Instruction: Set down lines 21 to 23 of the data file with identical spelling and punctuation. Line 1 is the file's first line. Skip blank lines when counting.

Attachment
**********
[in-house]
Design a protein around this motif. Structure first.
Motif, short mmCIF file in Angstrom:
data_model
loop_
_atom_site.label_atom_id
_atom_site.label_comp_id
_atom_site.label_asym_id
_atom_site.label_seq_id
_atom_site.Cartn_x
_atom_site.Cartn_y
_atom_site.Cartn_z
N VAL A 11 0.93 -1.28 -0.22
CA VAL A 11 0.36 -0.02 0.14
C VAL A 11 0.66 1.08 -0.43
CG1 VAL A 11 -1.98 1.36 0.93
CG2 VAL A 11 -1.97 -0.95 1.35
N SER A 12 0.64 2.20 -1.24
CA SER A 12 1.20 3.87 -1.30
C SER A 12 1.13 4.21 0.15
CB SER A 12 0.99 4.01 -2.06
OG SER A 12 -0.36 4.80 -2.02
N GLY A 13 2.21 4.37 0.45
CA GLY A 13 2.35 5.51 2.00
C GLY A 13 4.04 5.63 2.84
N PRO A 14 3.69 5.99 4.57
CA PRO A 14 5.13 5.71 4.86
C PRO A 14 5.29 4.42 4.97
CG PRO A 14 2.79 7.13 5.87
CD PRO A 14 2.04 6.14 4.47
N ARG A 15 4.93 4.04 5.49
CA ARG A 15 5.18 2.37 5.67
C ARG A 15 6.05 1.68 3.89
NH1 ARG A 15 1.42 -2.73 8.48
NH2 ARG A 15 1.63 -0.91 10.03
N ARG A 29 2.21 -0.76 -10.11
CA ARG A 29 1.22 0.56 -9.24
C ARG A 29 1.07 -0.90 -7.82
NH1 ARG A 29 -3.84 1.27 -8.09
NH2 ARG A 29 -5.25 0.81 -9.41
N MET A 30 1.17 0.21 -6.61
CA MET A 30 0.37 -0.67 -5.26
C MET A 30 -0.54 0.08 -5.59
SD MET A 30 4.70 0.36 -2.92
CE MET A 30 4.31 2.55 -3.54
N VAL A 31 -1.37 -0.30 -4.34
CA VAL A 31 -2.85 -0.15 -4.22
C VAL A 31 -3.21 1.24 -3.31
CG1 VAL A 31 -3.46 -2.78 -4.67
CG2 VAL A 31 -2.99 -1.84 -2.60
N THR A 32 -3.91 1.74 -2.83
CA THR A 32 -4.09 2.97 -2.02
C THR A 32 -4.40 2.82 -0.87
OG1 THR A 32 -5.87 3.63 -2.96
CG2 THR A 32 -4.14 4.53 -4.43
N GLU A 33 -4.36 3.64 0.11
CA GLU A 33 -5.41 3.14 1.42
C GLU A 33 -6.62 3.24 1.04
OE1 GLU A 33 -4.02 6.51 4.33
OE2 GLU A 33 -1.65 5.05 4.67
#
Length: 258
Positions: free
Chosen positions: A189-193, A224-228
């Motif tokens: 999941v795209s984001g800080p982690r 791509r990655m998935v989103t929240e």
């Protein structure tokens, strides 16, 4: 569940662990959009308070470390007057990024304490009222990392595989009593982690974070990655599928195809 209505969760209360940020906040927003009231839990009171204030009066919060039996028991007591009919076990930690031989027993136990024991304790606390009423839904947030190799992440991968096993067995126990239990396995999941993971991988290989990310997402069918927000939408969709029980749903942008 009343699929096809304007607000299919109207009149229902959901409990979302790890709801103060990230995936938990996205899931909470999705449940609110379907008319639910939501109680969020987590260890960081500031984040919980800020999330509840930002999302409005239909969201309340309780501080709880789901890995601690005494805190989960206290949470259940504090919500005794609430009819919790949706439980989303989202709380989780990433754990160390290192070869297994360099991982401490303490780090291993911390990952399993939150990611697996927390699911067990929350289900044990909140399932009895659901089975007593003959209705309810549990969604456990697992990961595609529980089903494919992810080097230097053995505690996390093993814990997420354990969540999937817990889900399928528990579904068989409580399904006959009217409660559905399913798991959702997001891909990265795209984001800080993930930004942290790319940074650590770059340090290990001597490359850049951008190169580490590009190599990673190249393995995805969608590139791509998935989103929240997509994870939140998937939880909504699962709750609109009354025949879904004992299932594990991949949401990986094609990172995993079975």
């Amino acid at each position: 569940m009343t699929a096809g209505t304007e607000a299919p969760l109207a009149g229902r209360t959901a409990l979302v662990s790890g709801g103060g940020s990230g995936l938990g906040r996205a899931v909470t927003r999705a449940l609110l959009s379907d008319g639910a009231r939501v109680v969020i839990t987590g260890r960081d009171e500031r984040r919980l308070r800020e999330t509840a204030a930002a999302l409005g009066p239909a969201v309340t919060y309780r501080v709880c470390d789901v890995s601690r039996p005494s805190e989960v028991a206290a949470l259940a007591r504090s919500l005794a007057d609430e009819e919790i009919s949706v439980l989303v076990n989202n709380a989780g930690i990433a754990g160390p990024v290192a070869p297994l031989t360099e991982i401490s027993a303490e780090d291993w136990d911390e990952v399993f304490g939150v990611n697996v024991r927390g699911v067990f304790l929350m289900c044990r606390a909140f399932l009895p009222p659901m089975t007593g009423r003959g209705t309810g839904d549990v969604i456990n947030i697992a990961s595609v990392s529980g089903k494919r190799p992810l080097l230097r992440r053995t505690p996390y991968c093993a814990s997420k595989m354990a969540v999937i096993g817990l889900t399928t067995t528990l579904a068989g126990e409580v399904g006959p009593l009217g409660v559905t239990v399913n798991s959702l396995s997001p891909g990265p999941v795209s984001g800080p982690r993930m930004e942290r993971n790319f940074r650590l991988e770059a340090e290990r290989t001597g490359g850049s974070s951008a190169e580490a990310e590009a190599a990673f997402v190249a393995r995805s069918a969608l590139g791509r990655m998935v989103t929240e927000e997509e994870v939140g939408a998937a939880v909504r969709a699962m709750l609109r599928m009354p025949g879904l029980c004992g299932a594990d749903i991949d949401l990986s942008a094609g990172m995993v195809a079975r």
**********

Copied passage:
CB SER A 12 0.99 4.01 -2.06
OG SER A 12 -0.36 4.80 -2.02
N GLY A 13 2.21 4.37 0.45